Are You Ready for CSA 2010?
The fine art of statistical analysis has finally caught up to the trucking industry. The Federal Motor Carrier’s Safety Administration (FMCSA) is completely changing the way in which they monitor carriers for compliance.
Under the current system SAFESTAT, a carrier’s data from roadside inspections is collected. If the roadside inspections result in numerous violations, a compliance audit is scheduled and a carrier can be rated as either “Satisfactory” or “Unsatisfactory” as a result of the audit. Under the current system, it could take years to get an actual compliance audit or a follow up audit.
The FMCSA has abandoned the audit model for a statistical based model they are calling CSA 2010. It is currently being tested and is scheduled for prime-time summer 2010.
Here’s how statistical modeling works. For example, lets say you took all the factors into account that contributed to a winery producing an outstanding vintage of wine. Let’s say you had years worth of data on temperature, soil conditions, rain, sunny days, growing days, age of the vines, etc., etc. Now you take all that data and run it through a statistical regression model (This has been done by the way). You might find that of all the variables maybe there are just one or two that contribute the most to a good vintage of wine. In the case of wine, temperature, rain and number of sunny days has the greatest impact on the quality of the wine. So now that you know this, you can build a statistical model that can predict how good a particular vintage of wine is based on a few tidbits of data that are statistically significant. This is exactly what the FMCSA has done for the trucking industry. They’ve figured out the six factors that are statistically significant in predicting the crash likelihood of a particular driver or carrier. The theory is, if they can predict that a driver is highly likely to be involved in a crash in the future based on the data, they can take action to correct the driver’s behavior before it results in a crash.
The 6 Factors (BASIC’s)
Unsafe Driving BASIC—Operation of CMVs in a dangerous or careless manner. Example violations: speeding, reckless driving, improper lane change, and inattention.
Fatigued Driving BASIC—Operation of CMVs by drivers who are ill, fatigued, or in non-compliance with the hours-of-service (HOS) regulations. This BASIC includes violations of regulations surrounding the complete and accurate recording of log books as they relate to HOS requirements and the management of CMV driver fatigue. Instances related to the Fatigued Driving BASIC are distinguished from incidents where unconsciousness or an inability to react is brought about by the use of alcohol, drugs, or other controlled substances. Example violations: HOS, logbook, and operating a CMV while ill or fatigued.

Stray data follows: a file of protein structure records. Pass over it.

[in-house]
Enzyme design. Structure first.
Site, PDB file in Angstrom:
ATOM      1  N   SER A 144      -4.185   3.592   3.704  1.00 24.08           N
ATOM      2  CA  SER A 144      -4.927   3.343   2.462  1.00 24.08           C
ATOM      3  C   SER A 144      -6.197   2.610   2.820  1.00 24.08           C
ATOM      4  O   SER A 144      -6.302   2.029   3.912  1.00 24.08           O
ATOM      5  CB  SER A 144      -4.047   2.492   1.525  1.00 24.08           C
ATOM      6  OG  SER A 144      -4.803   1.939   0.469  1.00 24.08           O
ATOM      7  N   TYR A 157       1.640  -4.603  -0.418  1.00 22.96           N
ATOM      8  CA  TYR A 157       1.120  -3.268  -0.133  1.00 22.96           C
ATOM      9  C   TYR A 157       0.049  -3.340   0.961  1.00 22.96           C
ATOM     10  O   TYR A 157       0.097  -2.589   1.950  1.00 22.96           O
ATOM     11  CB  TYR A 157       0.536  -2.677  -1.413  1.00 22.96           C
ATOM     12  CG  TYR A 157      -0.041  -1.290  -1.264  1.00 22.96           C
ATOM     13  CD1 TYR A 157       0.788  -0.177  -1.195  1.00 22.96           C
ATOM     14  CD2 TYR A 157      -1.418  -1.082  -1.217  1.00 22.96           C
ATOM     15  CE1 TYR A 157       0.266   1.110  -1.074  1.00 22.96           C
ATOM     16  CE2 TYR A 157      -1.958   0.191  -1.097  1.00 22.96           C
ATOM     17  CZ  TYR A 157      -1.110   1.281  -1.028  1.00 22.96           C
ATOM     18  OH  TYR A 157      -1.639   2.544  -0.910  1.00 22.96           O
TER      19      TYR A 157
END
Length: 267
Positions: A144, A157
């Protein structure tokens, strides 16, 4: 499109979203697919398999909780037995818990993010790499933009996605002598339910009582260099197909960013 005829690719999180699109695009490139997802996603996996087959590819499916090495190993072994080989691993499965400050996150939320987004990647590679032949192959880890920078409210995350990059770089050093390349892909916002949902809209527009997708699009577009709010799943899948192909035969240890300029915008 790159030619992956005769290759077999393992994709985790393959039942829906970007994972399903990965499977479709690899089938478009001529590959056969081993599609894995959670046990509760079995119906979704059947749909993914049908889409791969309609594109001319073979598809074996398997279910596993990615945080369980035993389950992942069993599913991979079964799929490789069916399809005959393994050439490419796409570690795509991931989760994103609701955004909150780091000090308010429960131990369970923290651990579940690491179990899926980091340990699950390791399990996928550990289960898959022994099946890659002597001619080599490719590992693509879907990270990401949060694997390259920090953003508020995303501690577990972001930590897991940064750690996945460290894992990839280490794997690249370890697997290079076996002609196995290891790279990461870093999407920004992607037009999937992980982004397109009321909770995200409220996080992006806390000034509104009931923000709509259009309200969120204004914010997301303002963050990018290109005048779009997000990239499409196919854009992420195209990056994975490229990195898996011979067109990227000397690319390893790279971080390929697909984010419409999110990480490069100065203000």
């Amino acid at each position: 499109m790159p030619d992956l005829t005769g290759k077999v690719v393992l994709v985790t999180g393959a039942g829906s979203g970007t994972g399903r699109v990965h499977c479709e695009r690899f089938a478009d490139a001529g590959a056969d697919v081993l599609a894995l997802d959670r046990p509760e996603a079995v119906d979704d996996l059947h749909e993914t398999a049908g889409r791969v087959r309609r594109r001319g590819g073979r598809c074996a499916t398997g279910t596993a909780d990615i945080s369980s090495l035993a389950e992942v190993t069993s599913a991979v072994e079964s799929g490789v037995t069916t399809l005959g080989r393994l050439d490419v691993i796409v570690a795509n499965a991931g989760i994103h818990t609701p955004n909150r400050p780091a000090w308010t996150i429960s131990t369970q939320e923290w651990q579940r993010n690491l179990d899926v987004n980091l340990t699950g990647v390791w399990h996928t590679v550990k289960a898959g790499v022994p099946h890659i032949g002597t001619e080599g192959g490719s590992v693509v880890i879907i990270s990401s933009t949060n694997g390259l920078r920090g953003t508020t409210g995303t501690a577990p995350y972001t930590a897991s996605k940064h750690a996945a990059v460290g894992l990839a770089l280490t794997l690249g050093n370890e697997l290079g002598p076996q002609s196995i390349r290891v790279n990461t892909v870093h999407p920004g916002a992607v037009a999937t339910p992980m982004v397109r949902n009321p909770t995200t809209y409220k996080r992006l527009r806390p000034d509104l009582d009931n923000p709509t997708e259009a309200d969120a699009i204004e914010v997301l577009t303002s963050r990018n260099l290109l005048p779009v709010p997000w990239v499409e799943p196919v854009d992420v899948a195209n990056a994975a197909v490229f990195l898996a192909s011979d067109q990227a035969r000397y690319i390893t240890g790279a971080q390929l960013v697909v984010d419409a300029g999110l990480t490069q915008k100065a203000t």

Driver Fitness BASIC—Operation of CMVs by drivers who are unfit to operate a CMV due to lack of training, experience, or medical qualifications. Example violations: failure to have a valid and appropriate commercial driver’s license and being medically unqualified to operate a CMV.
Controlled Substances and Alcohol BASIC—Operation of CMVs by drivers who are impaired due to alcohol, illegal drugs, and misuse of prescription or over-the-counter medications. Example violations: use or possession of controlled substances or alcohol.
Vehicle Maintenance BASIC—CMV failure due to improper or inadequate maintenance. Example violations: brakes, lights, and other mechanical defects, and failure to make required repairs.
Improper Loading/Cargo Securement BASIC—CMV incident resulting from shifting loads, spilled or dropped cargo, and unsafe handling of hazardous materials.
How does this affect shippers?
Anyone who contracts with carriers should know that they have a legal responsibility of “due diligence”. This issue was in the courts recently and resulted in multi-million dollar settlements to accident victims who sued the person who contracted with carries who had poor safety ratings. The theory being that the person who contracted the carrier should have known they had a poor safety rating and either not contracted with them or taken actions to reduce the risk of accident. Under the current system, a carrier’s safety rating rarely changes. Checking it once a year is sufficient to show due diligence. Under the CSA 2010 the safety rating will be dynamic. It will change monthly. As a shipper if you want to avoid risk and liability for crashes that your contracted carrier might get in, you need to be on top of this and be making decisions about who you give your freight to based on SAFETY as well as COST.
Here at DSN we have an automated system that collects data directly from the FMCSA on the carries we use. If a carrier’s rating becomes unsatisfactory, we automatically prevent loads from being dispatched to the carrier. If you don’t have this technology and you use a large number of carriers, you should consider how to address this, perhaps getting a 3PL in the mix that already does this would be a good idea.